2009 Credit Card Debt Study

CardHub-2009-Credit-Card-Debt-StudyDespite it being the worst year of the Great Recession, U.S. consumers were actually able to pay off roughly $11.6 billion in credit card debt during 2009, as concerns over the country’s uncertain economic outlook led to widespread scrimping and dramatic reductions in retail spending.  Unfortunately, the 2009 credit card debt reduction was not quite as significant as many media reports would lead you to believe.  The confusion among quoted statistics derives from the fact that most mainstream analysts forget to include charged-off debt in their final numbers.  In other words, they report the amount by which outstanding credit card debt fell during the year ($93.2 billion) without factoring in the amount that banks were required to write off their books ($81.6 billion), which consumers still owe and issuers or collection agency proxies will still try to recoup.

The fact that credit card users ended the year having paid off only $11.6 billion in debt may also strike you as a letdown, considering that we paid off $47.2 billion in amounts owed during Q1 alone.  However, it’s actually quite normal for consumers to erase much of a first-quarter paydown with three subsequent quarters of debt increases, as the first quarter of the year is when people tend to get annual salary bonuses and tax refunds (which augments their disposable income) and the rest of the year contains a number of major shopping holidays (e.g. Christmas, Black Friday, and back-to-school season).

More information about how credit card debt levels changed with each passing quarter in 2012 can be found below.

Year-End Results

By the Numbers:

  • Net Result in Debt Load: - $11,595,115,000
  • Outstanding Credit Card Debt: - $93,198,000,000
  • Credit Card Charge-Offs: $81,602,885,000

Commentary:

One might look at the $93 billion decline in credit card debt, and come to the conclusion that Americans paid down their balances in a big way. The reality is that $81.6 billion of the $93 billion decrease is the direct result of Americans defaulting on their debt. The real decrease in credit card debt is only $11.6 billion, the majority of which is due to a major decline in Q1 of 2009. After Q1 2009, Americans accumulated more and more credit card debt.

Q1 Main Findings

By the Numbers:

  • Net Result in Debt Load: - $47,246,912,300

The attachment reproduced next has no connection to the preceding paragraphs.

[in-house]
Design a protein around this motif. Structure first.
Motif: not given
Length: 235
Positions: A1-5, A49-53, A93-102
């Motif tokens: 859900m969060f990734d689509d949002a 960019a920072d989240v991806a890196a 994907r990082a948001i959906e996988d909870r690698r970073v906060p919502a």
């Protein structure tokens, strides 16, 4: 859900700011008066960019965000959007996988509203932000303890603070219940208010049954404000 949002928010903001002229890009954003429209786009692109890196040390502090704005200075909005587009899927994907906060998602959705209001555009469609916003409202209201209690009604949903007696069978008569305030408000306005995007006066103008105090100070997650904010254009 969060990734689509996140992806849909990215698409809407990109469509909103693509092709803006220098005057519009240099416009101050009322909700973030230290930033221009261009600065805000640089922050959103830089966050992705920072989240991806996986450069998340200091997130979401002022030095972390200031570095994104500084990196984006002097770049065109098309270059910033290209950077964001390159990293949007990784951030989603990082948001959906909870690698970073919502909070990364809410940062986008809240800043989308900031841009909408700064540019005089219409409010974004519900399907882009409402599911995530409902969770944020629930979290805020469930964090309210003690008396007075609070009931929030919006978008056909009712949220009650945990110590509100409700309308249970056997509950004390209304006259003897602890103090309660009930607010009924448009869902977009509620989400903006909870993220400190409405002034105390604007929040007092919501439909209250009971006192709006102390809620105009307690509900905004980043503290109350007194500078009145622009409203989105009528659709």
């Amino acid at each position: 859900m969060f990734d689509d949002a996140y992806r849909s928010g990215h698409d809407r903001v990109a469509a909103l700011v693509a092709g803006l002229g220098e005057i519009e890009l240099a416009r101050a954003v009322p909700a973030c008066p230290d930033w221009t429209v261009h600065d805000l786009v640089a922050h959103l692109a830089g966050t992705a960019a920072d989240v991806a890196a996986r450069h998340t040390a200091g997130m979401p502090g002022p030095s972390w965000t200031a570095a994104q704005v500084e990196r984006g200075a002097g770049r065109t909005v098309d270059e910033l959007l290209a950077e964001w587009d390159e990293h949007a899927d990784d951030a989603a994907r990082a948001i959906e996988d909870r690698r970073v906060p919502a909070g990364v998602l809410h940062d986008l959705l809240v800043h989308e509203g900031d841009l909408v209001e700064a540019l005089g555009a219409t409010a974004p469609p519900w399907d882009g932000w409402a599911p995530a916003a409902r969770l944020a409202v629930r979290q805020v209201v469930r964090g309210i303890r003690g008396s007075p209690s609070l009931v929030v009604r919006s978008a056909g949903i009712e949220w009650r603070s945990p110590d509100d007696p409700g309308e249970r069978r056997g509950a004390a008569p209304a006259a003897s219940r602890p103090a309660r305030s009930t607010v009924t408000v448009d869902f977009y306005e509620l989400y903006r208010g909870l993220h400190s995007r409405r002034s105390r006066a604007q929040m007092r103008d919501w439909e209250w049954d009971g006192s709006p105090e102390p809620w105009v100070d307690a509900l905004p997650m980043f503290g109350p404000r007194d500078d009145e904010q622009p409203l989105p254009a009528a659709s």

• Outstanding Credit Card Debt: - $64,484,000,000
  • Credit Card Charge-Offs: $17,237,087,700

Commentary:

Consumers paid down their credit card debt in a big way! Consumers actually paid down around $47.2 billion of credit card debt.

Q2 Main Findings

By the Numbers:

  • Net Result in Debt Load: + $3,929,319,800
  • Outstanding Credit Card Debt: - $17,738,000,000
  • Credit Card Charge-Offs: $21,667,319,800

Commentary:

Consumers accumulated more credit card debt in Q2 than Q1 2009, given that the drop in outstandings is smaller than the dollar amount that was charged-off.

Q3 Main Findings

By the Numbers:

  • Net Result in Debt Load: + $10,643,657,500
  • Outstanding Credit Card Debt: - $11,466,000,000
  • Credit Card Charge-Offs: $22,109,657,500

Commentary:

Consumers accumulated more credit card debt in Q3 than Q2 2009, given that the drop in outstandings is smaller than the dollar amount that was charged-off.

Q4 Main Findings

By the Numbers:

  • Net Result in Debt Load: + $21,078,820,000
  • Outstanding Credit Card Debt: + $490,000,000
  • Credit Card Charge-Offs: $20,588,820,000

Commentary:

In Q4 of 2009, outstanding credit card debt went up by over $21 Billion, when the $20.6 billion write-off is considered.

Data & Graphs

Consumer Credit Card Debt and Charge-off Data (in Billions):

Outstanding Revolving Consumer Debt Outstanding Credit Card Debt Quarterly Credit Card Charge-Off Rate Quarterly Credit Card Charge-Off in Dollars
2009 $894.0 $876.1 $81.6
Q4 2009 $894.0 $876.1 9.4% $20.6
Q3 2009 $893.5 $875.6 10.1% $22.1
Q2 2009 $905.2 $887.1 9.77% $21.6
Q1 2009 $923.3 $904.8 7.62% $17.2
Q4 2008 $989.1 $969.3

(Source: CardHub.com, Federal Reserve)

Other Years’ Studies

 * Some of the numbers may differ from study to study as a result of the Federal Reserve updating certain numbers for several months after first publishing them. For questions or more information regarding this study, please contact our media department.

 

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